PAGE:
leader like Carver, and they didn’t have a leader like Connor,” said Leitch. “You put the two of them together, and there was a lot of power there.” NO MIRACLE, ‘JUST A HELLUVA LOT OF HARD WORK’ If Demetriou was the dreamer with a dose of common sense about how to get things across the finish line, Connor was the hard-charging driver who wasn’t about to let the plan fail, and Carver the hard-eyed pragmatist. “We have spared no efforts in creating our report, but it will be a failure to dwell on graphics, designs and words,” Demetriou said at the time. “Our primary concern now must be implementation, where we go from here.” “Everyone seems very excited and en thusiastic, but the test is not how pretty the drawings are,” added Carver. “We cannot spend public monies until we are reasonably assured of a respectable return on investment.” “Demetriou was the guy who lit the fire. Fundamentally, the idea of the Civic Center was his,” the 85-year-old Carver says today from his Sarasota, Florida home. But “he was the idea, not the doer.” Ultimately, “there is no such thing as ‘one person did it,’” concludes Carver. “It happened because a very small group of people just said, ‘We’re going to make it happen no matter what.’ … You can look back and say it was a miracle. It wasn’t a miracle, just a helluva lot of hard work.” BUMPS ALONG THE WAY Reality does have a tendency to in trude, of course. Not every prominent person and organization in town was on board. Cost estimates soared on Demetriou's 31 projects — 10 public, 21 private. The first iteration of the Civic Center, which has undergone reinvest ment and expansion since, ballooned from $35 million to $62 million, almost $190 million in today’s dollars, even after substantial cuts were made. The City Council decision in 1976 to create a new tax to fund the Civic

our lifestyle. The primary criteria have become speed and efficiency,” Demetriou said then. “Without beauty, a city has nothing to keep you … Only beauty remains active.” At the time, those words touched a chord, Leitch said. “People had a lot of excitement about the Downtown then.” ‘THE DOWNSTATE CAPITAL OF ILLINOIS’ It wasn’t just Demetriou's doing, of course. Peoria was very much a headquarters city then, between Caterpillar, Central Illinois Light Co., Midwest Financial Group, Bergner’s, etc., with leaders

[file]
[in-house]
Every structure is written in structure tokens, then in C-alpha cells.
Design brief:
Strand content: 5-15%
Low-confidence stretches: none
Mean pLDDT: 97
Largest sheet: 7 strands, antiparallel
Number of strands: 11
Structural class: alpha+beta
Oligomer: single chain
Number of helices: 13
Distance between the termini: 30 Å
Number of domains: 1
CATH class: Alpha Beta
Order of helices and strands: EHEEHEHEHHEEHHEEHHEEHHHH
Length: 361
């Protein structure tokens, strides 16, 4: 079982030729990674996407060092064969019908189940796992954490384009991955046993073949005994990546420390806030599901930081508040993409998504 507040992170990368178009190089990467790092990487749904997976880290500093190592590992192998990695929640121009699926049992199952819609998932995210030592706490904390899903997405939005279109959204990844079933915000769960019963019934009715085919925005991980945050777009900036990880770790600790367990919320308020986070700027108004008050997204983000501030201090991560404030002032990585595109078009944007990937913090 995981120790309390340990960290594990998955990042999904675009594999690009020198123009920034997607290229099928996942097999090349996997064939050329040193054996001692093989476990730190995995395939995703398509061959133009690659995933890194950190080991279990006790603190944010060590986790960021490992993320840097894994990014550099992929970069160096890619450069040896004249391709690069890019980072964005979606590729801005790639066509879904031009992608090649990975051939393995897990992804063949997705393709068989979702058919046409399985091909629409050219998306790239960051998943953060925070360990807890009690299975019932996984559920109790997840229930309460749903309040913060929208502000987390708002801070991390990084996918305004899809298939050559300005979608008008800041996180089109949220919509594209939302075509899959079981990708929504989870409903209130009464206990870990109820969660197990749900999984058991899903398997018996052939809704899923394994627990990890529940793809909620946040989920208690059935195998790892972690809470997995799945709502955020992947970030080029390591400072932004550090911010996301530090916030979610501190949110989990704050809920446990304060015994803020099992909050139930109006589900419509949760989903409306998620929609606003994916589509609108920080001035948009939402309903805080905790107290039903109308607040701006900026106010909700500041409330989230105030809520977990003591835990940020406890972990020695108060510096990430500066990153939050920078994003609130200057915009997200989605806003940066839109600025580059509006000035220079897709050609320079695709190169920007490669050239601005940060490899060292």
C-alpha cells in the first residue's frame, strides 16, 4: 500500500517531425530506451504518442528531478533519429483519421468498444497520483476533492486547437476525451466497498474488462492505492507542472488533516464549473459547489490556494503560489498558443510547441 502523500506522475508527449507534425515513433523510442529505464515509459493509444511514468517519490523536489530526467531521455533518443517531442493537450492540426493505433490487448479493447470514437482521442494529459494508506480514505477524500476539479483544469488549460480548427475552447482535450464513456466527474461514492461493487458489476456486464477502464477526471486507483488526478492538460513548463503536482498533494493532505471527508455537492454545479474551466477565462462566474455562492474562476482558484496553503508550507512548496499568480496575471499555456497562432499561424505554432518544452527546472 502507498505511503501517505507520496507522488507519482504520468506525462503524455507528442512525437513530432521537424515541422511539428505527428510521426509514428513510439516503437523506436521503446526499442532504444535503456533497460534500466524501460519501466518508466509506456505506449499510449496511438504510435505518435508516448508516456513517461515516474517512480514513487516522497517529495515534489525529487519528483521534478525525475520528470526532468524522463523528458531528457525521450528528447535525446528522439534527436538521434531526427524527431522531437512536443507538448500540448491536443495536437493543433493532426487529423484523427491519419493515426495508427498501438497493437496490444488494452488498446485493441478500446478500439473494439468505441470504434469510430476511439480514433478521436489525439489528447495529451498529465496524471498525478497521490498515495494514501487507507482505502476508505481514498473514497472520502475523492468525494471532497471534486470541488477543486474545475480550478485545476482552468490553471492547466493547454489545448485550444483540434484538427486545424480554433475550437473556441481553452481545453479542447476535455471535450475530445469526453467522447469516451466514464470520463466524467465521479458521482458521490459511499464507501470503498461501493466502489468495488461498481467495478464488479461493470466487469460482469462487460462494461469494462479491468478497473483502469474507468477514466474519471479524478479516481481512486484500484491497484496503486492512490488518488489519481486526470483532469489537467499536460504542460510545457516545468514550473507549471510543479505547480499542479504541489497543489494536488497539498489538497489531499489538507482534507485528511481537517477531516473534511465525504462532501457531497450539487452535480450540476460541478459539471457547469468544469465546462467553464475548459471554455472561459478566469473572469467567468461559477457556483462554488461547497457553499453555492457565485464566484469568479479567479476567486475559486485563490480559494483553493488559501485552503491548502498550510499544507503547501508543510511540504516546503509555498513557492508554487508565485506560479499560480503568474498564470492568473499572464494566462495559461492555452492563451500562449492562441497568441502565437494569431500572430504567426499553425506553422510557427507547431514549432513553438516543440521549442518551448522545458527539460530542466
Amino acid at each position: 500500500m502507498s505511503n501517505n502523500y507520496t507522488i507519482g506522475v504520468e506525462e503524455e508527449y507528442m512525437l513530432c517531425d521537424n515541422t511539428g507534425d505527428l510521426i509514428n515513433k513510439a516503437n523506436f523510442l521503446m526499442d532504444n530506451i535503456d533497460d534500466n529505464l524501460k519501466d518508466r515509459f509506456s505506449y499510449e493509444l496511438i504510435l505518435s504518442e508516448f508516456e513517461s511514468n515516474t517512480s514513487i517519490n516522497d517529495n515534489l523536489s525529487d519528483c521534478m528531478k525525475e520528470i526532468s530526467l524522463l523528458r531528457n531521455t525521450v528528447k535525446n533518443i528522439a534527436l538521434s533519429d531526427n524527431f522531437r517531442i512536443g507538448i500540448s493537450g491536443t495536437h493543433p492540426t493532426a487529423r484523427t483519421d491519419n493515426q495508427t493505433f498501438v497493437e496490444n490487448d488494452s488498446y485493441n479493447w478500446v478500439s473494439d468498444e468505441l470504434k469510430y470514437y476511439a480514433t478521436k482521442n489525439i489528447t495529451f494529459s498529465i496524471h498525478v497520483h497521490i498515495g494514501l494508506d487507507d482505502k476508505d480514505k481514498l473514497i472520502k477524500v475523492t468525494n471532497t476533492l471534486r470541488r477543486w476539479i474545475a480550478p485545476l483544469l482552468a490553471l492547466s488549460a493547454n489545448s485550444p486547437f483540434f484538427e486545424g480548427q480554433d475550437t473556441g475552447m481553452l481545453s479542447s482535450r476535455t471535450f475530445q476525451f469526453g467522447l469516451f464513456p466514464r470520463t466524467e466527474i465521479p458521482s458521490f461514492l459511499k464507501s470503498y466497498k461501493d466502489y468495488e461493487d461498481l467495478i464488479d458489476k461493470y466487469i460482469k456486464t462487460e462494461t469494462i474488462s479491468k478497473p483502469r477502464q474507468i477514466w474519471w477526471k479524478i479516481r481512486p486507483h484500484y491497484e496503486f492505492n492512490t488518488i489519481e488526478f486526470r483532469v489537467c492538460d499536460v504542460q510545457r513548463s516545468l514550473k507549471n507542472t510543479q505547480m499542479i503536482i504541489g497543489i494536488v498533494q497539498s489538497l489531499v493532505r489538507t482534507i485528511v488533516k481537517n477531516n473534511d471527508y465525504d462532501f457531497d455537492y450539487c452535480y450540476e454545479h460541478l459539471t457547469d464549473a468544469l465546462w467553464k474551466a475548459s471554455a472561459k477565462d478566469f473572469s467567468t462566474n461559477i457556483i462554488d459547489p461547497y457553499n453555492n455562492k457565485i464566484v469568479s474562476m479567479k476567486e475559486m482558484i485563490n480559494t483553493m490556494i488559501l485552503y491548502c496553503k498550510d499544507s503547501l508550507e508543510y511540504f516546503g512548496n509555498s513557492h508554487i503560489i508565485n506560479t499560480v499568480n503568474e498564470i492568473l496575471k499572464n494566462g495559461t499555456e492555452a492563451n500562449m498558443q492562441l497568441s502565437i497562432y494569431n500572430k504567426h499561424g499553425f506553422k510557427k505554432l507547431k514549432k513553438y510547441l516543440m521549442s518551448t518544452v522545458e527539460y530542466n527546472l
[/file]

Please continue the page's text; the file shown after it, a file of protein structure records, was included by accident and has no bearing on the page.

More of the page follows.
Leitch, now 74, was there for all of it – indeed, at the very center of it, first as the City Hall reporter cov ering the story for the local daily newspaper, before being hired away

David Leitch

to become president of the Downtown Development Council, the not-for profit group of business leaders who spearheaded the private-sector side of Downtown’s reinvention. “I loved writing about it but the chance to do it really appealed to me,” he said. ‘WITHOUT BEAUTY, A CITY HAS NOTHING TO KEEP YOU’ — Angelos Demetriou It has been 50 years since Demetriou, then 43, was hired in Peoria to help turn around what then was widely acknowledged as a dying downtown. Part architect, part philosopher, part poet, the Cyprus-born Demetriou cut a striking figure between his silver mane of hair and his elegant, almost regal bearing. After cutting his teeth at the renowned Greek engineering and architectural firm Doxiadis, Demetriou found himself in America’s capital in an office off DuPont Circle, building his own global practice with projects across Europe, the Middle East and many major American cities, from Minneapolis to Miami. “He was something else,” said Leitch. “He used that flamboyant side to conceal his street smarts.” He recalls a Demetriou who was “the right guy for the job,” a professional of great precision, from his urban designs down to the hardboiled egg – “exactly three minutes” – he routinely ordered for breakfast. “Everything had to be beautiful,” said Leitch, something Demetriou made clear in a memorable interview with the Journal Star. “We have accepted a demotion in

willing to wield the clout they had. Specifically, there were forceful personalities such as bank president David Connor, CILCO CEO Harry Feltenstein and local industrialist Lew Burger. On the public side, there were former Mayor Richard Carver and a capable Council. “With a strong mayor and council, and a strong private sector, and a strong plan like Deme

David Connor

Dick Carver

triou's, to me that’s a recipe for getting things done,” said Leitch. “I think the proof is in the pudding.” Such was that group’s confidence that they didn’t flinch at bringing in world-class talent – first Demetriou, then Philip Johnson, winner of the first Pritzker Prize for architectural achievement, to do the Civic Center. Connor in particular was devoted to raising Peoria’s game. “His vision was to make Peoria the capital of downstate Illinois,” said Leitch. As for Carver, he “was – is – the greatest salesman that ever lived, and the most optimistic. Bombs would be exploding left and right, and ‘There’s no problem, I’ll take care of it,’ recalled Leitch. “And he would.” Other plans have come and gone in Peoria because “they didn’t have a


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